Since humans are blessed and cursed with a relative, rather than absolute, perspective, it matters far less that technical innovation has radically reduced the amount of time we spend on household chores than how that reduced time is divided between a couple. There are few. things more emotionally corrosive than the slow build-up of resentment over the routine avoidance of menial tasks.
There is also often an inherited frustration in the bargain, with many women often keenly aware that they do not want to fall into the default domestic position they have seen their mothers occupy. “We all have the models of our parents within us,” says Harrison.
Beyond household work, however, the real crucible of marriage inequality is child care. It is not only the work involved in nurturing and raising children, and how often it is overlooked or underestimated, but also how children reshape their parents’ relationship with each other.
Bhargava found that men, unlike women, are much less likely to feel affection towards their partners when they are in the company of their children. Harrison says that in her experience, the complaint that a spouse has become more distant and focused on the child since becoming a parent is much less voiced by women than by men.
Another compounding factor is aging parents – a responsibility that women often find at their feet. But Harrison has some constructive advice on the subject of love on the slide.
“Where loving feelings are waning in one or both people, it’s important to try to understand what each other is about rather than letting resentment build up, because that’s what really breaks down long-term relationships.”
She says that such understanding is a two-way process in which both partners need to feel that they can describe their feelings in a way that does not make the other defensive, but also to be able to listen to experiences that may be difficult to hear. . Since this can be challenging at the best of times, let alone when a marriage is in crisis, “a couples therapist,” she adds, “can be helpful.”
Another reason it can be difficult to talk about micro-grievances and huge resentments is that in many ways they are the hidden and unsexy story of marriage, the uncelebrated one that is not part of public culture. Since incremental loss of love is rarely the stuff of high drama, fiction tends to deal in passionate affairs and fiery rows instead. Movies are good for fiery starts and toxic break-ups, but the everyday process of developing a thousand little grudges usually goes undocumented.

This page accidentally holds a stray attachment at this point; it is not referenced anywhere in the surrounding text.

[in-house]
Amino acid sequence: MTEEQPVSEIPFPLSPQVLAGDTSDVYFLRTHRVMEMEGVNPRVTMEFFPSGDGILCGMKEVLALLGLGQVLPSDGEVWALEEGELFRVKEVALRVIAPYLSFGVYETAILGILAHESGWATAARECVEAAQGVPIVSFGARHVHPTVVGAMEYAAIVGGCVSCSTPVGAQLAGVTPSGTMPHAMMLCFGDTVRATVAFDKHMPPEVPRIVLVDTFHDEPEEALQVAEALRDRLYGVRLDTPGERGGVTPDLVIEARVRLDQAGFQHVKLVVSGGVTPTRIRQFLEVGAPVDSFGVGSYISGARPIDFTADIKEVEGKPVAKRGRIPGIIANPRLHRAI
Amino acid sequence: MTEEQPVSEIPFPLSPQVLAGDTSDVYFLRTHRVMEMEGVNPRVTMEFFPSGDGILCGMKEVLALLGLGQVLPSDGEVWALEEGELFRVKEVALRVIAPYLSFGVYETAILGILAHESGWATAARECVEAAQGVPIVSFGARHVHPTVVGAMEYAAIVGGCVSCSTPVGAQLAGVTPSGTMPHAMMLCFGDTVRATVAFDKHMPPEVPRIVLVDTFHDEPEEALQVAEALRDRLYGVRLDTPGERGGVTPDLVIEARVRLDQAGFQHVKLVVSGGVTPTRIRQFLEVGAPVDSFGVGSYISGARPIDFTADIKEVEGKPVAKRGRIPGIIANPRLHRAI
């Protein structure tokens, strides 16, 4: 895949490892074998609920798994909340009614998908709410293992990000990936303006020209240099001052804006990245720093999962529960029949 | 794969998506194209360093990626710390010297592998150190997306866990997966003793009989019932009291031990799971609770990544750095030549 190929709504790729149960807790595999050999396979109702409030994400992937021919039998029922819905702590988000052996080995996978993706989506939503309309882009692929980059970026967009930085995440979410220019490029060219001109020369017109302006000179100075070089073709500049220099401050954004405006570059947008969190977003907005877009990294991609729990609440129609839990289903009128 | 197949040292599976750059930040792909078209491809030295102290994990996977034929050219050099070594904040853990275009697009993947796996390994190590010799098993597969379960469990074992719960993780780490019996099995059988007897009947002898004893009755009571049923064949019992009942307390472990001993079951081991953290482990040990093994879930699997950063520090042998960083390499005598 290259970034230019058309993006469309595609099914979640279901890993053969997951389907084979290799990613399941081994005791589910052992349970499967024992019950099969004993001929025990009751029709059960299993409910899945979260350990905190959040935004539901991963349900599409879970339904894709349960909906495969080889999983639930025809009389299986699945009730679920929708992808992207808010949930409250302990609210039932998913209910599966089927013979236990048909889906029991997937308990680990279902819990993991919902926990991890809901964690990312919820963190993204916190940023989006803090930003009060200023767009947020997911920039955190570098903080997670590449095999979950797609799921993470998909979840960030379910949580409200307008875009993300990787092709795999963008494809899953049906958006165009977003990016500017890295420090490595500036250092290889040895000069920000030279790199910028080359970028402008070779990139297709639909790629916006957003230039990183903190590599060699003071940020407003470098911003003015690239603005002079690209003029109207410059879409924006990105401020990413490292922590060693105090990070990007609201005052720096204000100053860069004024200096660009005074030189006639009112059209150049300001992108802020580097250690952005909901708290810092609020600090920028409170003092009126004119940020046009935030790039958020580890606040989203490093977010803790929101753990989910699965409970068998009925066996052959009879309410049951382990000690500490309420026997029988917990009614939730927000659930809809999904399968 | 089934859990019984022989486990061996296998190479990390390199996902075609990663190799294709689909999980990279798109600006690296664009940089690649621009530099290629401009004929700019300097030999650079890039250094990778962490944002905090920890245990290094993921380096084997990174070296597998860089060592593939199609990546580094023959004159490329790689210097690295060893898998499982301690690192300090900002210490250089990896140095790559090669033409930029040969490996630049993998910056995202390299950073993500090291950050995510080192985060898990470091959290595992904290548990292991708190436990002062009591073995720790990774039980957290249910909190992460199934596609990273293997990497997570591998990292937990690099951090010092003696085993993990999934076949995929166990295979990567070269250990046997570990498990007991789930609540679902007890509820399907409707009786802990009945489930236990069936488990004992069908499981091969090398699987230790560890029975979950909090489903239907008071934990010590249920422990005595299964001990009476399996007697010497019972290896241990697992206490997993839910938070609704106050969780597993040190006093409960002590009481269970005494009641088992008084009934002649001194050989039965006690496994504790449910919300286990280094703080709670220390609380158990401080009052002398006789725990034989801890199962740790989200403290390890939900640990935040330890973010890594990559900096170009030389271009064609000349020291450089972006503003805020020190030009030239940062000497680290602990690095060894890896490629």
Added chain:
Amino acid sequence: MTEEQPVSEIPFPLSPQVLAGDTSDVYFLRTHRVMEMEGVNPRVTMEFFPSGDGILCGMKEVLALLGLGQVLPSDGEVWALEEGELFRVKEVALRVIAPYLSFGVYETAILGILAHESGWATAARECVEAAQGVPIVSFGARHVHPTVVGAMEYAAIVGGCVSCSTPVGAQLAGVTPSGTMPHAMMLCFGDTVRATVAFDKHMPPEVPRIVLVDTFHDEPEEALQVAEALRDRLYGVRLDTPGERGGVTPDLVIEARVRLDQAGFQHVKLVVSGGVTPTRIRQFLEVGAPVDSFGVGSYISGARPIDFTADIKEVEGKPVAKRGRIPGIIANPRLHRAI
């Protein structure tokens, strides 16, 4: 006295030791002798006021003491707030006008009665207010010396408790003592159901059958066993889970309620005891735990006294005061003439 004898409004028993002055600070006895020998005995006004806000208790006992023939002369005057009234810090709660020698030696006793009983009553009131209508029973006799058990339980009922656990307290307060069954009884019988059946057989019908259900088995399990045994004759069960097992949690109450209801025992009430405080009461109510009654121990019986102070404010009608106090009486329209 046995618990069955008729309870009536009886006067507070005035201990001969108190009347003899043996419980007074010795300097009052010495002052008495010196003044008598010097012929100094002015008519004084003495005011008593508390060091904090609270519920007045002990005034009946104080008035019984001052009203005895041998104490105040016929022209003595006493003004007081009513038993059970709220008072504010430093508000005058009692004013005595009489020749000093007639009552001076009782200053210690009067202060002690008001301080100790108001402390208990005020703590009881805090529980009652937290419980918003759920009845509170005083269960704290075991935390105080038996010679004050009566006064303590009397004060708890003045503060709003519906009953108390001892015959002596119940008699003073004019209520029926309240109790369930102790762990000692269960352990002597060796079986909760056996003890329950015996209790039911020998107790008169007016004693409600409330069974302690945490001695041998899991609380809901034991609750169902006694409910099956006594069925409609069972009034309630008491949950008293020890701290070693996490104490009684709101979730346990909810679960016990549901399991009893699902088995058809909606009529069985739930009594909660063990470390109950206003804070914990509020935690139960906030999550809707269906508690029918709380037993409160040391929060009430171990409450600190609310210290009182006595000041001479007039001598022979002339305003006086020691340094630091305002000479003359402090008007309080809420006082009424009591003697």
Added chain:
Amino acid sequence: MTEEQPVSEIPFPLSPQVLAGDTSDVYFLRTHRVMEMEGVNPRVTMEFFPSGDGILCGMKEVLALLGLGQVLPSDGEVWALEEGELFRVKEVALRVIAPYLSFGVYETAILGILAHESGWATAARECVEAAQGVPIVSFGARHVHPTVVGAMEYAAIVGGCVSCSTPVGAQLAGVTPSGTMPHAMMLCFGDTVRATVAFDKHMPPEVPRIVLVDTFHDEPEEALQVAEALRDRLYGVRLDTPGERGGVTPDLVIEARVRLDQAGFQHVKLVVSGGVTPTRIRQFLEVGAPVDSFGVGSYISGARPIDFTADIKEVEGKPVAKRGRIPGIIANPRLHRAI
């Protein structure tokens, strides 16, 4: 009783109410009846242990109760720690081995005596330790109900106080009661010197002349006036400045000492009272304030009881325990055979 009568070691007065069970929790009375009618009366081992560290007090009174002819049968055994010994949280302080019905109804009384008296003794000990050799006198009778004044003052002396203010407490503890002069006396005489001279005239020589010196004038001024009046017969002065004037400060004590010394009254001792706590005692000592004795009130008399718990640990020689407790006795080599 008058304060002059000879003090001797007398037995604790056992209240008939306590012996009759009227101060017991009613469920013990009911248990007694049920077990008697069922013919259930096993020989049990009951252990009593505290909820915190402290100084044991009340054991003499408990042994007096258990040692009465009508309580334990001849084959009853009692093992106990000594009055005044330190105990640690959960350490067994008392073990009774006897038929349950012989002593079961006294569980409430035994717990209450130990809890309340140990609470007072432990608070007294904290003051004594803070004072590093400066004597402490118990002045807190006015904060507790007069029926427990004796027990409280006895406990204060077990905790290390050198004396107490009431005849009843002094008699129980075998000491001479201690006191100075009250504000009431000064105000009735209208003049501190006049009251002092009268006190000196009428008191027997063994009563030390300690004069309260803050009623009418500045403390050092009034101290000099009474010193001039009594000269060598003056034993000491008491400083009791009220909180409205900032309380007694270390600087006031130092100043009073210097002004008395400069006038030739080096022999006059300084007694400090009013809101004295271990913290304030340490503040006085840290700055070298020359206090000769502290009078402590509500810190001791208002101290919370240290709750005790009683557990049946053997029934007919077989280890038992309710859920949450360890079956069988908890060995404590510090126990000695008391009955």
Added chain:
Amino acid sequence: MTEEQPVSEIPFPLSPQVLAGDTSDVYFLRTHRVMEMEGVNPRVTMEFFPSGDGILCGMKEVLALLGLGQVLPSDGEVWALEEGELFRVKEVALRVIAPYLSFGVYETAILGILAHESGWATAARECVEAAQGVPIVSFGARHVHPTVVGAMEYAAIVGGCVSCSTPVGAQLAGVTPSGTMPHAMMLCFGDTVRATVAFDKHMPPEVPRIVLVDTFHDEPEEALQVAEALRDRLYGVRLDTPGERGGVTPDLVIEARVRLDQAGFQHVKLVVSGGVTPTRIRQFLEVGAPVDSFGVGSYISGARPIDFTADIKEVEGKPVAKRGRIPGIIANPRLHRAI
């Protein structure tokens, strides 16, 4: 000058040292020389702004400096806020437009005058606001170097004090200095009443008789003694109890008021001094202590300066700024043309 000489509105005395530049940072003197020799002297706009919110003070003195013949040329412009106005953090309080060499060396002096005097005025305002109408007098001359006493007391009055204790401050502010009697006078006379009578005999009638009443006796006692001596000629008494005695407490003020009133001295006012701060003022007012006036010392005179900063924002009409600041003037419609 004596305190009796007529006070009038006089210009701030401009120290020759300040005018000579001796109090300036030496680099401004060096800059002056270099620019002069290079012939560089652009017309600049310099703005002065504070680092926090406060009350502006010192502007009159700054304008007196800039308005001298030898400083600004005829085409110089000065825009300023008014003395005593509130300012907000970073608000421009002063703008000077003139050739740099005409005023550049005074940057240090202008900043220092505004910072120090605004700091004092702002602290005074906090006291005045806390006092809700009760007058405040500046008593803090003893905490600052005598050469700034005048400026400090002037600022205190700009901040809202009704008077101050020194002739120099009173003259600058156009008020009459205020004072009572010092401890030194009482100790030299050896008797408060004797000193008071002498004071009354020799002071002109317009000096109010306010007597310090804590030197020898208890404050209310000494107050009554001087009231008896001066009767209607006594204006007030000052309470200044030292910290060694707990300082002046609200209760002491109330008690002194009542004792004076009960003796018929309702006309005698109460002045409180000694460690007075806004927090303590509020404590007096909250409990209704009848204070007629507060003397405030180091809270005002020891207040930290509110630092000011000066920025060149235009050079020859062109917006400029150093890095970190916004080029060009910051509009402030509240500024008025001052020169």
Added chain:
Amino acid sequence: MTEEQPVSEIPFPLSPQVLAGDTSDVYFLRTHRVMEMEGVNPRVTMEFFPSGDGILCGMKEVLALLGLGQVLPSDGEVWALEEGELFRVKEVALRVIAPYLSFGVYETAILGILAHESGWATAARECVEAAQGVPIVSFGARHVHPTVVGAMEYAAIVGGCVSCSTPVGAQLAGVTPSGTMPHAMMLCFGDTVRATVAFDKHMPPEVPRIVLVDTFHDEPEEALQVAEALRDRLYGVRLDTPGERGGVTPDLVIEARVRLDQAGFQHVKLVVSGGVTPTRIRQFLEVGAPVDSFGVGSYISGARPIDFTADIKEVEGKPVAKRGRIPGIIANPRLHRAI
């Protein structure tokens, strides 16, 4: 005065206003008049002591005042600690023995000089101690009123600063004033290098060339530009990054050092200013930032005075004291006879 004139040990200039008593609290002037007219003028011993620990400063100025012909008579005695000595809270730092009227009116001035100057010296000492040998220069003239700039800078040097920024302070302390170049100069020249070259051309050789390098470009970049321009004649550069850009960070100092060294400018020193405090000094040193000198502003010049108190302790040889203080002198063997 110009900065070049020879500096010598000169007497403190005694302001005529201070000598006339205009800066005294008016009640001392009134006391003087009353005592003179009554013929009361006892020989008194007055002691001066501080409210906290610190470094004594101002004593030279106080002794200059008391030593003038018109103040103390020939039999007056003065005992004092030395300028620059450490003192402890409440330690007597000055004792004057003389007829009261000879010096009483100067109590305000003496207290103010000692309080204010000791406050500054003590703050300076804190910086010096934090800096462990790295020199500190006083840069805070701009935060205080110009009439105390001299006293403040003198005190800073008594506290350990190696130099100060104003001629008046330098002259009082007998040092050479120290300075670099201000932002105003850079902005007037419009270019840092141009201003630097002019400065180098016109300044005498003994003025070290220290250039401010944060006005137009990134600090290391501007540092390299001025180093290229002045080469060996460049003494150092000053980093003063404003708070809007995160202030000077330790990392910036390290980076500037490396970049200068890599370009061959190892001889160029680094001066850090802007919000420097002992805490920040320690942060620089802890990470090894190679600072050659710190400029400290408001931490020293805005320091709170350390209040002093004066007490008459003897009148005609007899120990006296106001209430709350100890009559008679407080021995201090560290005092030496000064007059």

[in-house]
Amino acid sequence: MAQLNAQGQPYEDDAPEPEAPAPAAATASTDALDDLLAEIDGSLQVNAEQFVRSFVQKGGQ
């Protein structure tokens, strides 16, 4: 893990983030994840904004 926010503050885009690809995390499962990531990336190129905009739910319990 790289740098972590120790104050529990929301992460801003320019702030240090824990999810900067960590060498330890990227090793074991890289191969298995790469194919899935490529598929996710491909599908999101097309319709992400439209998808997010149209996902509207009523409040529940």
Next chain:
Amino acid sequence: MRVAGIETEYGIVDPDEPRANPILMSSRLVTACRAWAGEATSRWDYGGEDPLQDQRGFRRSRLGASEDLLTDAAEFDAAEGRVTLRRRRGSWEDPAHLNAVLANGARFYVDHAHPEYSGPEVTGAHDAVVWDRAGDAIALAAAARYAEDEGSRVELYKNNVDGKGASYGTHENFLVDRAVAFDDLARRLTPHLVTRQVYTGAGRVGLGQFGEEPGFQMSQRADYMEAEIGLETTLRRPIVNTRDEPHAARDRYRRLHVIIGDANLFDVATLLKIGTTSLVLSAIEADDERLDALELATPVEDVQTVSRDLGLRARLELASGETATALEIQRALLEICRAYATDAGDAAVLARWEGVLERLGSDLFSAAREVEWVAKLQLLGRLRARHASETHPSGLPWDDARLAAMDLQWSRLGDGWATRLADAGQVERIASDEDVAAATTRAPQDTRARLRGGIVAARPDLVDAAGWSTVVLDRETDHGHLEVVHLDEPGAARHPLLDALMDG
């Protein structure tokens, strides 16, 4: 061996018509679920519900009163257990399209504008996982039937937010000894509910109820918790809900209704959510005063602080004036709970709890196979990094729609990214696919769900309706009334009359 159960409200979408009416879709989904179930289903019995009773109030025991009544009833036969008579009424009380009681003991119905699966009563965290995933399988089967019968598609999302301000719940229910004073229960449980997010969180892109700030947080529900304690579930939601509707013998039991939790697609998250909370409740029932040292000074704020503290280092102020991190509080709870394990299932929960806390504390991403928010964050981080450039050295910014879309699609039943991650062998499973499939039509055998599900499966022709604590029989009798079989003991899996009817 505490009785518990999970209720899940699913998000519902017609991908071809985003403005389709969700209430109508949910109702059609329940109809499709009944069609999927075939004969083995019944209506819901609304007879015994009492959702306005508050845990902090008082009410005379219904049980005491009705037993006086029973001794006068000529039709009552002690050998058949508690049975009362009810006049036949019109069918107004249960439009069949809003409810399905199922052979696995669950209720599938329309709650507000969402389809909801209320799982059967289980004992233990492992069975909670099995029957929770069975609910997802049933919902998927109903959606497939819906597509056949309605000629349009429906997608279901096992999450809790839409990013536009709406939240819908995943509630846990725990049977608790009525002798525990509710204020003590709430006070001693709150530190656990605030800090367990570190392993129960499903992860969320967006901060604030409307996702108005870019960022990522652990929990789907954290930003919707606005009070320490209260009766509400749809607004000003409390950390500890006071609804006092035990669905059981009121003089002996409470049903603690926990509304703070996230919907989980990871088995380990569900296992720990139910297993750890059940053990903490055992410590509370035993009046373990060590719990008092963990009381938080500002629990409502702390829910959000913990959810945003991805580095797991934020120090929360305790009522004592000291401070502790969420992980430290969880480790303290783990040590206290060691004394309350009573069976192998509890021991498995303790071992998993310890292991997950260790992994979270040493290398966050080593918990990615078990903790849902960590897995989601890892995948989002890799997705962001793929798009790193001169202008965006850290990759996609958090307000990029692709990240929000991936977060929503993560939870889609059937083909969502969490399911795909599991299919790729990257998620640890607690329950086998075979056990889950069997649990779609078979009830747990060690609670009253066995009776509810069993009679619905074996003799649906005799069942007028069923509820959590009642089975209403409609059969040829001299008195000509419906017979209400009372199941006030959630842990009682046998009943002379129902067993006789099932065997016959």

So while we can see the progressive embitterment of Kay Corleone The godfatherit’s because her husband kills people, not because he neglects the dishes.
One notable exception is Richard Linklater’s Previously trilogy, spanning two decades in the lives of Celine (Julie Delpy) and Jesse (Ethan Hawke), from meeting as strangers on a European train to a showdown, as middle-aged parents, on a Greek holiday. There is a moving scene in the final film, Before midnight, in which Celine says after an argument: “Do you know what’s going on here? It’s simple: I don’t think I love you anymore.”
The reason it feels authentic and quietly devastating is because there’s a sense of this declaration that stems from a history of compromise and dashed dreams—the kind that most marriages encounter—rather than from a single unforgivable incident.
But it’s not all bad news on the marriage front. A loving equanimity of a kind is often achieved. If women are more likely to start with a romantic view of a relationship’s potential, the experience of living with their male partners appears to be a highly effective way to lower their expectations.
If that often means falling somewhat out of love, Bhargava’s study seems to suggest that it can result in a form of romantic equality with men that might not have felt quite so dreamy in the first place.
In the end, love can be another word for acceptance.